Regardless of who will be elected Ward 1 alderman — Paul Chandler or Sarah Eidelson — not much is going to change.

This isn’t undue cynicism: The city around us is the methodical, longstanding byproduct of half a century of union-backed candidates furthering union-sanctioned goals for a union-dominated electorate. Over the past few generations, New Haven has certainly had its share of deficits — from budget gaps to employment rates — but Big Labor liberalism has never been one of them. And until the Elm City begins to look more like the Motor City, odds are things are going to stay that way.

This isn’t to say that someone like Chandler — a moderate Democrat on any political spectrum outside of Yale — doesn’t represent a refreshing resistance to this government-by-solidarity mentality. But if elected, he would join union pariah Doug Hausladen in a caucus of roughly two (of 30). Eidelson, on the other hand, has her entire political capital wrapped up in entrenched labor — not the least because most of her actual capital comes courtesy of a full-time Local 34 paycheck.

In the backdrop of New Haven’s union-induced political stasis, we need to realize that if Yale students are going to approach this election thoughtfully, the primary discussion should not be on the nuances of policy differences. A deeper precursor takes precedent: Why do we deserve an alderman in the first place?

When asked this question directly during Monday’s debate, the two candidates had a similar response: Ward 1 exists with Yale students as its majority, so we should have representation. For Eidelson, it was open and shut: “We are New Haven residents, period… Many of us are here for only four years but many of us choose to stick around. And we deserve representation the same way anyone else does.” Granted, the tautology holds there is a set of borders that constitutes an aldermanic district composed of Yale students: but none of this addresses why we should have one.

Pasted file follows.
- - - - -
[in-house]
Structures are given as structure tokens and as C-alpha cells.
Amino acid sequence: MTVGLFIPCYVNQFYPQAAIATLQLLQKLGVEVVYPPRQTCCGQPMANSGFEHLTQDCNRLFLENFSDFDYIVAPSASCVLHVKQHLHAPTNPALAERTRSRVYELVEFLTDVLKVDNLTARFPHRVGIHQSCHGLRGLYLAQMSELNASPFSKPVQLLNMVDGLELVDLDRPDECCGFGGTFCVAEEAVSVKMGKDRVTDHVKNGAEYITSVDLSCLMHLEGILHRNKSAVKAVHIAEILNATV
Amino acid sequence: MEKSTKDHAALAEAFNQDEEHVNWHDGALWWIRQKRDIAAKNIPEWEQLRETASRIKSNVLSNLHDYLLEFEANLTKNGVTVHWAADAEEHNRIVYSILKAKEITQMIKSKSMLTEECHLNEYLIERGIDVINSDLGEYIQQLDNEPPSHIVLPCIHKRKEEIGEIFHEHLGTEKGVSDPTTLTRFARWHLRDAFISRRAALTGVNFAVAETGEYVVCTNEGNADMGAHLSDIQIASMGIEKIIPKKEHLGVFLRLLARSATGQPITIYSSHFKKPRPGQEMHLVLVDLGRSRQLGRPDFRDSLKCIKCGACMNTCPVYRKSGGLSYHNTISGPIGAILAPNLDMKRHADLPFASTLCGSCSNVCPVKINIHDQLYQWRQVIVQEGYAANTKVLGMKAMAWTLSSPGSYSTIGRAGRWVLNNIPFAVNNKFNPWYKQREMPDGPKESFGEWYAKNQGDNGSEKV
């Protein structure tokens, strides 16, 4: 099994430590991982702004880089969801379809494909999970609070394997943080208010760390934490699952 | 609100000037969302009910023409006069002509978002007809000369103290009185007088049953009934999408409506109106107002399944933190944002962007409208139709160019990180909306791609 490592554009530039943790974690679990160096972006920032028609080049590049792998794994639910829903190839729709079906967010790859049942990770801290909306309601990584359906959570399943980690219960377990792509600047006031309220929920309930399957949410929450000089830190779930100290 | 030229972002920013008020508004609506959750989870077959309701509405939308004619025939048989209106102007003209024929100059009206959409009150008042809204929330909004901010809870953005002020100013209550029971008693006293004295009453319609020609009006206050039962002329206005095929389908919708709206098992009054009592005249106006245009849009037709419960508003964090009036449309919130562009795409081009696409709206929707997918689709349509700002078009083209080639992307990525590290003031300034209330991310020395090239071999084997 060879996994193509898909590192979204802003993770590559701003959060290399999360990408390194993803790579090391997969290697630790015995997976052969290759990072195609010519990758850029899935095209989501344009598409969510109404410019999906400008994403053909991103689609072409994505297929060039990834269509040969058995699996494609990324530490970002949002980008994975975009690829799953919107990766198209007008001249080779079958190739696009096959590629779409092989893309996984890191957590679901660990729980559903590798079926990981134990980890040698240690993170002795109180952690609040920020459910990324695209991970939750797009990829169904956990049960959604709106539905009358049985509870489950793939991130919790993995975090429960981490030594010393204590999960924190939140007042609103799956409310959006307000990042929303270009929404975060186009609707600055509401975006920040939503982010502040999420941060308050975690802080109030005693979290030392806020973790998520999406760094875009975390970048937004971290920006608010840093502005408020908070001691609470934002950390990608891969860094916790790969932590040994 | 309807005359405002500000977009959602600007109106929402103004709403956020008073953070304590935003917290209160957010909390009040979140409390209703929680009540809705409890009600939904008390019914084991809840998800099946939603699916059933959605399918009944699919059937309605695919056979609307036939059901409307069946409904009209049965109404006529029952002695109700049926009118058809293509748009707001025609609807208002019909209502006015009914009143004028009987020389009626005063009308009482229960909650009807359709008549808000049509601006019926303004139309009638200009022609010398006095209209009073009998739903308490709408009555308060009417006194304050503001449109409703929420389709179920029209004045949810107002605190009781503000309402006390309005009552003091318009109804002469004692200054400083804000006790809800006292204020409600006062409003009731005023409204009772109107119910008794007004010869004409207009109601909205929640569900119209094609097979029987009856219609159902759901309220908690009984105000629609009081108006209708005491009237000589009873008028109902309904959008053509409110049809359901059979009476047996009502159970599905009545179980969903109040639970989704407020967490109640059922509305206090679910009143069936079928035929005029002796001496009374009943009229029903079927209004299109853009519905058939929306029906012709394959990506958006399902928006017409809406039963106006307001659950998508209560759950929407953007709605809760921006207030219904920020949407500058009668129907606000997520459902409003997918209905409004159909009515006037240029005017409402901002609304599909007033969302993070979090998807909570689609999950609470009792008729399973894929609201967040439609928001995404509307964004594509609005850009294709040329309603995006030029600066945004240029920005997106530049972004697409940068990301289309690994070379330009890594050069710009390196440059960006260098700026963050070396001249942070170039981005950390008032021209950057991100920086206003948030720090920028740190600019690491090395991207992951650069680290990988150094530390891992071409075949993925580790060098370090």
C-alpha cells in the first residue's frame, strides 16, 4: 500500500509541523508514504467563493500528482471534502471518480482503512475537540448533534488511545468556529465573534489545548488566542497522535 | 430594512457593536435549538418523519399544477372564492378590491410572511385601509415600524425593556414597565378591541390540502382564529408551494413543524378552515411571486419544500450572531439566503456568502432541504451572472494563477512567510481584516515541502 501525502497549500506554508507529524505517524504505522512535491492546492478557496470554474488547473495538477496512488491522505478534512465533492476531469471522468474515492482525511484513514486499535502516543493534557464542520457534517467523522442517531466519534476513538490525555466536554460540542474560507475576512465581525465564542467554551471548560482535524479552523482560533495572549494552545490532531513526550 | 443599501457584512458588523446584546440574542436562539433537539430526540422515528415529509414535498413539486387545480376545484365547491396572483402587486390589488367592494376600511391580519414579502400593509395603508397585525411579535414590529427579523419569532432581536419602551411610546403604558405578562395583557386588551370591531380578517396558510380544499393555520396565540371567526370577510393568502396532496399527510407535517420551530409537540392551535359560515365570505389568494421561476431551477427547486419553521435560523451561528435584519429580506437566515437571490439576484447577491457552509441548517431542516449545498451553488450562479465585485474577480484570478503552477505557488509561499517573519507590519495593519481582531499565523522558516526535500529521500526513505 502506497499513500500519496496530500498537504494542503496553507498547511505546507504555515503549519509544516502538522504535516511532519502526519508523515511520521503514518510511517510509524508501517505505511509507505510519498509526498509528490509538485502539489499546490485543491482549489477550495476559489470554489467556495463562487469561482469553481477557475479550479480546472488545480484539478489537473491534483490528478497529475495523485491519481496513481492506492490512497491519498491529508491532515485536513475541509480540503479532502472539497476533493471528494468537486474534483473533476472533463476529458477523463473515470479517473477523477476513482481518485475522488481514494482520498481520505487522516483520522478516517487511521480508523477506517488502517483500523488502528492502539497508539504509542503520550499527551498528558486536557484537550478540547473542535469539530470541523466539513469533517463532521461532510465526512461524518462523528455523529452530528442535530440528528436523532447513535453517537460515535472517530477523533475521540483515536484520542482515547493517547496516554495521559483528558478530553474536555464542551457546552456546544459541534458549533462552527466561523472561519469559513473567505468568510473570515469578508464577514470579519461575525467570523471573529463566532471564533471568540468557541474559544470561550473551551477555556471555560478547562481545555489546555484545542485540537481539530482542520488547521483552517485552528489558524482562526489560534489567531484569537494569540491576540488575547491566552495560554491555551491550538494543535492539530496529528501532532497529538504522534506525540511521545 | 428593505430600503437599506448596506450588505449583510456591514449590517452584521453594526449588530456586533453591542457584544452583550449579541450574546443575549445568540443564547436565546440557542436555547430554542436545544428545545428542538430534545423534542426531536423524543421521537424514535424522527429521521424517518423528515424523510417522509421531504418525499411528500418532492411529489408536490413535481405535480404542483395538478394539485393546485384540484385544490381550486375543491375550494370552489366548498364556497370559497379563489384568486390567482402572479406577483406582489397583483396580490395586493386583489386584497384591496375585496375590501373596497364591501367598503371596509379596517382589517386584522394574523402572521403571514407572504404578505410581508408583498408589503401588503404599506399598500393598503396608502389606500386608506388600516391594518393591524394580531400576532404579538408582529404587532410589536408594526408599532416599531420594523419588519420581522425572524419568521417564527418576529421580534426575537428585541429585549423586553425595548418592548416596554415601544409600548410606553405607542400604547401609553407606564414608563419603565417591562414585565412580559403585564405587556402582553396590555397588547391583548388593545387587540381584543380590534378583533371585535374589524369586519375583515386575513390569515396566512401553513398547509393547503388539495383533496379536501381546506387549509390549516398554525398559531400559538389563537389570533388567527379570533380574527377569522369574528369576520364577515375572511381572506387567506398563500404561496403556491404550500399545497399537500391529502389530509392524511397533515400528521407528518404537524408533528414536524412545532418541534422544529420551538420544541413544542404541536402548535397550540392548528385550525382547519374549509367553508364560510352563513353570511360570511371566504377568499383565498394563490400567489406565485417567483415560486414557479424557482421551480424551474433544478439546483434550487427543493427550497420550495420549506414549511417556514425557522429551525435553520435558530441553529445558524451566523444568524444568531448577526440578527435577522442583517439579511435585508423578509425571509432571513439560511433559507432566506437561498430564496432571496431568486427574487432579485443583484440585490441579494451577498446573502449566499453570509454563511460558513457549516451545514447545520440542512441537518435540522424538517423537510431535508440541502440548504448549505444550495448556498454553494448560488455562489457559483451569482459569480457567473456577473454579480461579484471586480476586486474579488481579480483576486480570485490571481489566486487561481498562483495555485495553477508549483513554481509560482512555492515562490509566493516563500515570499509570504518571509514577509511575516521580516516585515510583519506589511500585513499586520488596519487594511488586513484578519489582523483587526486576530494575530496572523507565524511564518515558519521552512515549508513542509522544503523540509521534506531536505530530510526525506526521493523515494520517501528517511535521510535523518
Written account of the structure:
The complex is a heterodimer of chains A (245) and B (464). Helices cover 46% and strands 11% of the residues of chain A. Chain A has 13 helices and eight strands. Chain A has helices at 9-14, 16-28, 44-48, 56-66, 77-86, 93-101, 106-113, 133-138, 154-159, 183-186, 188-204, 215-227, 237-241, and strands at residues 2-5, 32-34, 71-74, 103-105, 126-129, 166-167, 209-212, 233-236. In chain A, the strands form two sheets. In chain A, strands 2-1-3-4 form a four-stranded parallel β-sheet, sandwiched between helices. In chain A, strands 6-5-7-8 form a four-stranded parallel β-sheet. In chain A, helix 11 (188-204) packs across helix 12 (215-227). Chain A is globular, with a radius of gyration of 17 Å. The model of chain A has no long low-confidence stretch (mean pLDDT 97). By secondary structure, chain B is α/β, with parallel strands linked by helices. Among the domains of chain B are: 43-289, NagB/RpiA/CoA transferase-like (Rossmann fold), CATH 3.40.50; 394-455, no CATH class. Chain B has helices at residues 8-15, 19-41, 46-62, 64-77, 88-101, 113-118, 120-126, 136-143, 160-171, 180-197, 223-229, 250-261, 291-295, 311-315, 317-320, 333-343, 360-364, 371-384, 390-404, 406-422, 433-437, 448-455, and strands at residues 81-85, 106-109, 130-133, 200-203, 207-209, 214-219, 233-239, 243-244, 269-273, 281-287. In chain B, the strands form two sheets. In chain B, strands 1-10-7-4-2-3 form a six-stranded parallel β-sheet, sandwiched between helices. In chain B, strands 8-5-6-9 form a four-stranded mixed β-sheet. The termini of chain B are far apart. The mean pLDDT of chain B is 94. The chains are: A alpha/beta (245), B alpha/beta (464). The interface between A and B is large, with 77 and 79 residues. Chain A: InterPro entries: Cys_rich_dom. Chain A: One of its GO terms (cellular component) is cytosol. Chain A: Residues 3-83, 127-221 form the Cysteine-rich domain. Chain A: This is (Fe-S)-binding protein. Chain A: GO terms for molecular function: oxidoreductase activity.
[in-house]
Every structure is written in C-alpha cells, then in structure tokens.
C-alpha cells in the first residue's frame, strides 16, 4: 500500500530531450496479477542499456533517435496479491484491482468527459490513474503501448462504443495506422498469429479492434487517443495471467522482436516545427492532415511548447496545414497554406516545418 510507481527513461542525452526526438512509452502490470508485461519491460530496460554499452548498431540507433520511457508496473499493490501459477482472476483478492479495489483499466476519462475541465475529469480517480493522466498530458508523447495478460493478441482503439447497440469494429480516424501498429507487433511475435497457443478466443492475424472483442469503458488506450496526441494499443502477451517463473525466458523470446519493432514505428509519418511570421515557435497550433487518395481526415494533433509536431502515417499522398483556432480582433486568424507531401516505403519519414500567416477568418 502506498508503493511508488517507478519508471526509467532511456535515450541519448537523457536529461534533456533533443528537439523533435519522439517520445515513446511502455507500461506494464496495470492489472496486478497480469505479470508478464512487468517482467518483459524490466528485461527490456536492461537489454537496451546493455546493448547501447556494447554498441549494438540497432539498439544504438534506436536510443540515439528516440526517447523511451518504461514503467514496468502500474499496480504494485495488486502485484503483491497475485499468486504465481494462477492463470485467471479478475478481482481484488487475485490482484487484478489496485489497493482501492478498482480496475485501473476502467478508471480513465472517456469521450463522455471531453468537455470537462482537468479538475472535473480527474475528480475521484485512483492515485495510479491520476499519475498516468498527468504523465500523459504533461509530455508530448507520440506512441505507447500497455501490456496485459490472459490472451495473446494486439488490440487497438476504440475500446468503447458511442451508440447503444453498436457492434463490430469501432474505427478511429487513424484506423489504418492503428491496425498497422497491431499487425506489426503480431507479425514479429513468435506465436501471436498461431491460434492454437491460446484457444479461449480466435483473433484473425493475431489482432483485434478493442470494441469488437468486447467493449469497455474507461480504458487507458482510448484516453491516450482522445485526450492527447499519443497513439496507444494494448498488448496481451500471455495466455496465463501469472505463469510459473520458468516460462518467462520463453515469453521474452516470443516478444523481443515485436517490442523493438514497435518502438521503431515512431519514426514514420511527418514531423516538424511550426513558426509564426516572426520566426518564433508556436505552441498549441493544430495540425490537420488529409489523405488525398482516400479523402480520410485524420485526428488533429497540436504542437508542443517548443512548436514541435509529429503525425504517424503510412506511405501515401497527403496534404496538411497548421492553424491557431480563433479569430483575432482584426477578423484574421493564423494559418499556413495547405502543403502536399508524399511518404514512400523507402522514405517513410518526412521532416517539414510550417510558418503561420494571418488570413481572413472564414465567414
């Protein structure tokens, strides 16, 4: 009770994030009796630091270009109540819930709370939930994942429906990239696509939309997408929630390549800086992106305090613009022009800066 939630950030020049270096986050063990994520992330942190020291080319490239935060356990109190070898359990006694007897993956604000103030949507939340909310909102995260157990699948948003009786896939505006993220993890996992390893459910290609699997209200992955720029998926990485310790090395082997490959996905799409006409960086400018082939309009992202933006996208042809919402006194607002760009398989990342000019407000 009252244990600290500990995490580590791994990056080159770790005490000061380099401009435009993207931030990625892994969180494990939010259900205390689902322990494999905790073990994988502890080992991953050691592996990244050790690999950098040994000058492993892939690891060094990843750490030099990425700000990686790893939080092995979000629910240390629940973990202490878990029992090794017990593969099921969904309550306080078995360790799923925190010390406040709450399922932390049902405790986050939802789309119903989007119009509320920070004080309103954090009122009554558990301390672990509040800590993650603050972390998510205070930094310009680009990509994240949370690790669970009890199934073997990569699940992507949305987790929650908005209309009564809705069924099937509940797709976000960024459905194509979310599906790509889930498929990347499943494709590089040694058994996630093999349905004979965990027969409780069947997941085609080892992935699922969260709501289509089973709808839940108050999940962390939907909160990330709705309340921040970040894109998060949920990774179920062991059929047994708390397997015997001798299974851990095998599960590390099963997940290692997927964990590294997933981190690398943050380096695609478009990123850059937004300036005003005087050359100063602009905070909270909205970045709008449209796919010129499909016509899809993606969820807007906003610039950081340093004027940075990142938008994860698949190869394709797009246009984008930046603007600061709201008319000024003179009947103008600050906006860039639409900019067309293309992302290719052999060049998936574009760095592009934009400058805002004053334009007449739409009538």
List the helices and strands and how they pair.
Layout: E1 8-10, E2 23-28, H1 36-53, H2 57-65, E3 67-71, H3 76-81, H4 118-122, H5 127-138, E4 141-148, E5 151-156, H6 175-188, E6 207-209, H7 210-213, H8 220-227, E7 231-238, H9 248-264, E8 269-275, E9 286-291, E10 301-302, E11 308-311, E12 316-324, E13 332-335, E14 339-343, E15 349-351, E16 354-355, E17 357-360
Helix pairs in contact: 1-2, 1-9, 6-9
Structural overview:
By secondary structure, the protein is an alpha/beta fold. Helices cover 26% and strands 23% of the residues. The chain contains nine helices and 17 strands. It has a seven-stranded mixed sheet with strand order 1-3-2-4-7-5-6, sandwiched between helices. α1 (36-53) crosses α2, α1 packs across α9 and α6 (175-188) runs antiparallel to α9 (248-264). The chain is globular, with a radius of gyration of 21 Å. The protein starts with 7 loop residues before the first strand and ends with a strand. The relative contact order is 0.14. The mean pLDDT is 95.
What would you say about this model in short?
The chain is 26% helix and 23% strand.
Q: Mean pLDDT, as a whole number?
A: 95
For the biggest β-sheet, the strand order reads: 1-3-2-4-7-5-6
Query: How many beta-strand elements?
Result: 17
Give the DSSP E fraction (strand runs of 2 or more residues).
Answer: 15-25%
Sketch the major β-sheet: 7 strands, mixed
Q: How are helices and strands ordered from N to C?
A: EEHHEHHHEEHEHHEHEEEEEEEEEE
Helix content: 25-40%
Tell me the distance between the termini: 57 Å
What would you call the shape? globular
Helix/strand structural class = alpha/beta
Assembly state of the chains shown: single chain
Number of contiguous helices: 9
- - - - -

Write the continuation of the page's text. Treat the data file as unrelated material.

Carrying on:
The position of Ward 1 alderman is exhaustively problematic, equally so for the elected as for the electorate. We are fundamentally unqualified for both.

The initial defect with a guaranteed student position on the local board of government is that it requires a student to think he or she is ready to serve on a local board of government. Only an unflattering combination of intellectual hubris and profound naiveté would bring one to look in the mirror and say: “Hey, my first full-time job should be legislating the lives of others.” At best, this sort of mindset allows for good intentions and clumsy experimentation as our adopted city is turned into a political laboratory. At worst, it breeds the sort of pompous intellectual undercurrent embodied in Ella Wood’s campaign: that the right combination of liberal guilt and Yale political seminars constitutes a sufficient resume for office, ready to be immediately applied to any new community.

What’s more, Eidelson’s stand-alone claim that we “deserve representation” as much as anyone in this city seems overwhelmingly generous (or baldly opportunistic: your call). We ought to be honest to ourselves and realize that the New Haven we know is markedly dissimilar to the one that the vast majority of actual residents experience. We exist here in periodic isolation, spending eight months within our gated castles and bubbled community, and then four back in our real homes. This fails to genuinely provide the immersive experiences needed to truly be part of the political community around us.

The approach of the Yale undergraduate turned temporary legislator is done with all the charm of a McKinsey consultant: You’re welcome, and we’ll be leaving now. While we are innately transitory, whatever legal legacy our alderman chooses to leave behind is not. Ideas have consequences, even if we are never here to see them.

At the end of the day, Yale students should be expected to contribute to New Haven — be it volunteering, working or innovating. But we need to earn a voice in shaping its laws. It is not another entitlement of being at Yale.

Harry Graver is a senior in Davenport College. His column runs on alternate Thursdays. Contact him at